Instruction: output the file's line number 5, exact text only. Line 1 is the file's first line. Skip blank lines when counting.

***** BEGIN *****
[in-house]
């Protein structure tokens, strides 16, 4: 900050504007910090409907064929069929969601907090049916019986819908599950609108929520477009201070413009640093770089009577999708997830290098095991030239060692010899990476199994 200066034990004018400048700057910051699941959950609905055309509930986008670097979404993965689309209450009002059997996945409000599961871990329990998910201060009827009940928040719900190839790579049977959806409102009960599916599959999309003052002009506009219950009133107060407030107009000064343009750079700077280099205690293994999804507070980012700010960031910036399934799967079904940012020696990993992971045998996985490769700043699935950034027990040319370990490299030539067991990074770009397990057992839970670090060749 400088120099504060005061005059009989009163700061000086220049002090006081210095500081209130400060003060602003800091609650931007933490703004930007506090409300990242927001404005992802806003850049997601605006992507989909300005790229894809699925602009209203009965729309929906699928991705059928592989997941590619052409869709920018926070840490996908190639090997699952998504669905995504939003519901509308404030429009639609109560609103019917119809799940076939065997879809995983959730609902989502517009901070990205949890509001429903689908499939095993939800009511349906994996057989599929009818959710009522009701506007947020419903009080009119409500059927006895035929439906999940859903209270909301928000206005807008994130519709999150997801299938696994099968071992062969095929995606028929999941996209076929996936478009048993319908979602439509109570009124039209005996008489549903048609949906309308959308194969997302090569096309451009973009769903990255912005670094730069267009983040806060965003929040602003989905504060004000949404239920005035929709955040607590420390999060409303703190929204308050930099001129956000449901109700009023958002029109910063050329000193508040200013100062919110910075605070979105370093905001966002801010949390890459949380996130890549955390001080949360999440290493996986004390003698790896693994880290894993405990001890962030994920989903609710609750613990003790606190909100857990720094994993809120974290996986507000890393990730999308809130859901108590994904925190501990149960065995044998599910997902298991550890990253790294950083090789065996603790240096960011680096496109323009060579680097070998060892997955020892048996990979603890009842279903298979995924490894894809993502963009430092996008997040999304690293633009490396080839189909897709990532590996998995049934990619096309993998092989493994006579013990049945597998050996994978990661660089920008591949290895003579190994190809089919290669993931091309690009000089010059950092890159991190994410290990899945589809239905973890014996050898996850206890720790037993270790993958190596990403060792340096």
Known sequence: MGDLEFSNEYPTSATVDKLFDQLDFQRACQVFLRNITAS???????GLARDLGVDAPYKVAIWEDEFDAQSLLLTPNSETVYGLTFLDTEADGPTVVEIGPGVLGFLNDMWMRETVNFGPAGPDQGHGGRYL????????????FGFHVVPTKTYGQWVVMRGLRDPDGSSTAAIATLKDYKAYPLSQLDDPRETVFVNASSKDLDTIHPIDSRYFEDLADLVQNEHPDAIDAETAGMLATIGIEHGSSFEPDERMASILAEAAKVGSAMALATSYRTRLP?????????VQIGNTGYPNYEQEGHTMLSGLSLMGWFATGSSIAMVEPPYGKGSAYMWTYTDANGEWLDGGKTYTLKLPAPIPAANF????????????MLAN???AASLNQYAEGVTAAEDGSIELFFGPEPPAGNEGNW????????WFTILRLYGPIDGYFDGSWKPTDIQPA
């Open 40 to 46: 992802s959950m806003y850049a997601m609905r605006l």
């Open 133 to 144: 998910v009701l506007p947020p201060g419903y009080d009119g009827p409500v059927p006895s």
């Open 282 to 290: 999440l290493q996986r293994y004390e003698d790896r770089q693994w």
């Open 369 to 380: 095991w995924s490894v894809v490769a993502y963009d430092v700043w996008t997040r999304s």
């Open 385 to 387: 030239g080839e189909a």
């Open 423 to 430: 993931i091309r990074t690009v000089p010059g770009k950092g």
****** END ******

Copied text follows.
């Open 133 to 144: 998910v009701l506007p947020p201060g419903y009080d009119g009827p409500v059927p006895s």